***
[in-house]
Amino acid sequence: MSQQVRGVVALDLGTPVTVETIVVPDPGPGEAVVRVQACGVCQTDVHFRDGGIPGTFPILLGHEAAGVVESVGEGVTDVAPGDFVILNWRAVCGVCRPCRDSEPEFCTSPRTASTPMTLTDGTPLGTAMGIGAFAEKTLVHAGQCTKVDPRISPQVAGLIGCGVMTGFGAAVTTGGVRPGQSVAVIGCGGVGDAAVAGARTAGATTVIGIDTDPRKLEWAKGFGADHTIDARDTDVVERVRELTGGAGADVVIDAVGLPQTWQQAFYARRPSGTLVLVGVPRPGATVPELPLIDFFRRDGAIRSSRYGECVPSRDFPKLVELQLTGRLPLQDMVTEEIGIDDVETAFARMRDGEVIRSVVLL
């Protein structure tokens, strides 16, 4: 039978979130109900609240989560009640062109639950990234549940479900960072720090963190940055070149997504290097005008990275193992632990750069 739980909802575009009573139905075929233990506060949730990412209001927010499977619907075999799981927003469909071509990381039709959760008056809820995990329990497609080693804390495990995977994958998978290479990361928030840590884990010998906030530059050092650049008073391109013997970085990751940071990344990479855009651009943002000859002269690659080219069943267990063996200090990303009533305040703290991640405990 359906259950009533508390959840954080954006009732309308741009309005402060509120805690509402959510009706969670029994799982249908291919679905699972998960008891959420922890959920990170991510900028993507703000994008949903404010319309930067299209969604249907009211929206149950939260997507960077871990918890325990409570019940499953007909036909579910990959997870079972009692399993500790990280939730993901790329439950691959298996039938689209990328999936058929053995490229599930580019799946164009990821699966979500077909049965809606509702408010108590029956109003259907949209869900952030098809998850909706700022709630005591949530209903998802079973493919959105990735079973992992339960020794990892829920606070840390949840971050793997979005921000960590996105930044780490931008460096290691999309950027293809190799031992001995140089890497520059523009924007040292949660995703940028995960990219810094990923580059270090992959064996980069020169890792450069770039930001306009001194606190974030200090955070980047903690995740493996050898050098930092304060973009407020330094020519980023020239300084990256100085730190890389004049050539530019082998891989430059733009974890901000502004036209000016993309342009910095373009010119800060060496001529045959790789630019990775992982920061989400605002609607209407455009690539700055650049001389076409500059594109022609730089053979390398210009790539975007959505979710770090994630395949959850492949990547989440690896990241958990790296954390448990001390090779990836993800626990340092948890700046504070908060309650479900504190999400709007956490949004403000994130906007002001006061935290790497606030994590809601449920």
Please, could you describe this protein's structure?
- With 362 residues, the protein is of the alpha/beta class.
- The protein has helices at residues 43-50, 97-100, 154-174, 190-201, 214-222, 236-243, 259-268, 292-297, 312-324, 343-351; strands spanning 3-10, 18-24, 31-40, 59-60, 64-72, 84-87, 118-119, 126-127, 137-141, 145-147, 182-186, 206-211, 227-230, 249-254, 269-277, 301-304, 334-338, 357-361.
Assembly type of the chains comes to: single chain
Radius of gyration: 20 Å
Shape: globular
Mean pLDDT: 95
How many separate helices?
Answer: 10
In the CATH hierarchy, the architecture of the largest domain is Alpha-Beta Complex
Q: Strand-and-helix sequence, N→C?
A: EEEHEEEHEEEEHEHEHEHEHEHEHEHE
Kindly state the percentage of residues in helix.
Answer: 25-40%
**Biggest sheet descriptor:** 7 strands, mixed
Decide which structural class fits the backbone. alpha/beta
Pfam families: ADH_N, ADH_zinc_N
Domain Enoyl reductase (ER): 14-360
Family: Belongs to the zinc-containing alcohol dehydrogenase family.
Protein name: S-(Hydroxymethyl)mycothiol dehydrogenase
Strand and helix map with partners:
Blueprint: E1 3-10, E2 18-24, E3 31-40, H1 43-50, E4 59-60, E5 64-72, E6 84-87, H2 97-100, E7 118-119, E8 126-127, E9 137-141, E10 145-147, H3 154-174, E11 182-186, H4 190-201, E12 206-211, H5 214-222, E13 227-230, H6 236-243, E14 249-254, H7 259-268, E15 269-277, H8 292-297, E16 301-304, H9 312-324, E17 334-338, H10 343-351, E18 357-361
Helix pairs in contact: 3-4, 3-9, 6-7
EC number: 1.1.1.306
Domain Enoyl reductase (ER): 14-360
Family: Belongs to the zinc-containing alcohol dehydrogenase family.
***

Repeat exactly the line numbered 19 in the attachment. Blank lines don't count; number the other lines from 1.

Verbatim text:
Decide which structural class fits the backbone. alpha/beta